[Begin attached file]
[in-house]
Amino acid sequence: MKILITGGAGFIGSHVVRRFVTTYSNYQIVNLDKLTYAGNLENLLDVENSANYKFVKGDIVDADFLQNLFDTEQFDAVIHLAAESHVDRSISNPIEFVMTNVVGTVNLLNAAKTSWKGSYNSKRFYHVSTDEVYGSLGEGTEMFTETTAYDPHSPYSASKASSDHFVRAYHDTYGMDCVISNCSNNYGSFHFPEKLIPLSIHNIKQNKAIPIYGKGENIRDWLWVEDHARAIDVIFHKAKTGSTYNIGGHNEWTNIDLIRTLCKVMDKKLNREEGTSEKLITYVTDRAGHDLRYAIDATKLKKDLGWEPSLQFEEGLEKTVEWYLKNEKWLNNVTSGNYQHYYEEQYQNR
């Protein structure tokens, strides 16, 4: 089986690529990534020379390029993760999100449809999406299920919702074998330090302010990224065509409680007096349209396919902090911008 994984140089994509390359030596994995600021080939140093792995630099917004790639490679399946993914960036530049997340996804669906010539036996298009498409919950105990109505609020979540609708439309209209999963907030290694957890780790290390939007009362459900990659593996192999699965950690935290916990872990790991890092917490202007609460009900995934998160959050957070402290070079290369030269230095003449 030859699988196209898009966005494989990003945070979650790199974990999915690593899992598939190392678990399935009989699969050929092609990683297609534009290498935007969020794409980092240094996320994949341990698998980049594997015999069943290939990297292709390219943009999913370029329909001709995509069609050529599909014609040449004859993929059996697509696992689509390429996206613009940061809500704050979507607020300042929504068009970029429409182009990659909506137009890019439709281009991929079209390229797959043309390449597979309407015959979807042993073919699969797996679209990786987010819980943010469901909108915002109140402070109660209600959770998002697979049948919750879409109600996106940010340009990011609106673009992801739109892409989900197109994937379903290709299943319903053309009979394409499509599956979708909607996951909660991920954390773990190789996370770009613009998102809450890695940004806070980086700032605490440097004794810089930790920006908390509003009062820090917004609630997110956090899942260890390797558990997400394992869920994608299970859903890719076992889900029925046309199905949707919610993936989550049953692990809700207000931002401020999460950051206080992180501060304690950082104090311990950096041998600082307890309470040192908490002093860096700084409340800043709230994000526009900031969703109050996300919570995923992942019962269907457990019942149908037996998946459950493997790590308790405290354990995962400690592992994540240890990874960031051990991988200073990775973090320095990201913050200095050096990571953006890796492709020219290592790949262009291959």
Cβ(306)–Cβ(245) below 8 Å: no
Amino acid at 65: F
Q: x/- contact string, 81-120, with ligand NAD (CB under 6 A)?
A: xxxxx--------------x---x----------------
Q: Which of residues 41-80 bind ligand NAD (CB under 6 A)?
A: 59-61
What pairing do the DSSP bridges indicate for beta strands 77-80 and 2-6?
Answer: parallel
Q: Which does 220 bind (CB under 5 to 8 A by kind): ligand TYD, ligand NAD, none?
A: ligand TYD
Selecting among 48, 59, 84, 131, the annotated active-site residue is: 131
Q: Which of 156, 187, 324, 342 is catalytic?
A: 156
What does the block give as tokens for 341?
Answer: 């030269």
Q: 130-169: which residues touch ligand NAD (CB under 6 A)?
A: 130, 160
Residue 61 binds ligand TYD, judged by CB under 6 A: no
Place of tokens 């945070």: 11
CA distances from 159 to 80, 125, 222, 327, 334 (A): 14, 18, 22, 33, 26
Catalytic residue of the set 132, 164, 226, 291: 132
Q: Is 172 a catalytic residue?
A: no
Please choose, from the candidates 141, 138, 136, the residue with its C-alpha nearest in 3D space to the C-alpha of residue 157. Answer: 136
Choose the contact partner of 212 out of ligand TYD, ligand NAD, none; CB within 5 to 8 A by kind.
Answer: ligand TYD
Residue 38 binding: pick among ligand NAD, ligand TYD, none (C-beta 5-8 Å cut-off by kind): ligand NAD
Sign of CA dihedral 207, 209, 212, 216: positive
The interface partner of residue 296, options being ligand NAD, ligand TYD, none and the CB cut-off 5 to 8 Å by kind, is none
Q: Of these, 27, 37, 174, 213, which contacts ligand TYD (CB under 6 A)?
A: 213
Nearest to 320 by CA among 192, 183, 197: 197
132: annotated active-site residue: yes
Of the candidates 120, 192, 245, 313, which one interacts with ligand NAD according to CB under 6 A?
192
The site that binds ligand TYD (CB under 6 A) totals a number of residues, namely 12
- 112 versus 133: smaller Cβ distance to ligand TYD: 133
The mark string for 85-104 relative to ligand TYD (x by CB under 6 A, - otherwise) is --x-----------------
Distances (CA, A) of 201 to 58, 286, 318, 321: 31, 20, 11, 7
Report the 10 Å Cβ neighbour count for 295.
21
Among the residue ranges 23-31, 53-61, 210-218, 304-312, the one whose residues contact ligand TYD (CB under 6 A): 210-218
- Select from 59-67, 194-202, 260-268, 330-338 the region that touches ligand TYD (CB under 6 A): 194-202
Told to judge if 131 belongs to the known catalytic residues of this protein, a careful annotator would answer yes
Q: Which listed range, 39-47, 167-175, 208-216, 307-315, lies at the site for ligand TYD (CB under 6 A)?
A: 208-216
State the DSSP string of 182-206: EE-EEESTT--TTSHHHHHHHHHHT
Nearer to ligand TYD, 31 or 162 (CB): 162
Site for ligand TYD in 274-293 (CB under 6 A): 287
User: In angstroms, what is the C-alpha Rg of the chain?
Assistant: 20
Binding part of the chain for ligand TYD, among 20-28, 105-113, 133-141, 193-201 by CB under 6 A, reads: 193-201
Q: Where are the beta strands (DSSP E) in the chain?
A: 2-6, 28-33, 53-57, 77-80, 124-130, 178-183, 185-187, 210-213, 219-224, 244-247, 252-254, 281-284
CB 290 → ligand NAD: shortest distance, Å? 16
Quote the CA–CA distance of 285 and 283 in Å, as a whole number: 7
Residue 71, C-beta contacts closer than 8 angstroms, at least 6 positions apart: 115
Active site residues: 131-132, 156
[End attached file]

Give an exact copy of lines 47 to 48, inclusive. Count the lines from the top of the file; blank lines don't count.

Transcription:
Told to judge if 131 belongs to the known catalytic residues of this protein, a careful annotator would answer yes
Q: Which listed range, 39-47, 167-175, 208-216, 307-315, lies at the site for ligand TYD (CB under 6 A)?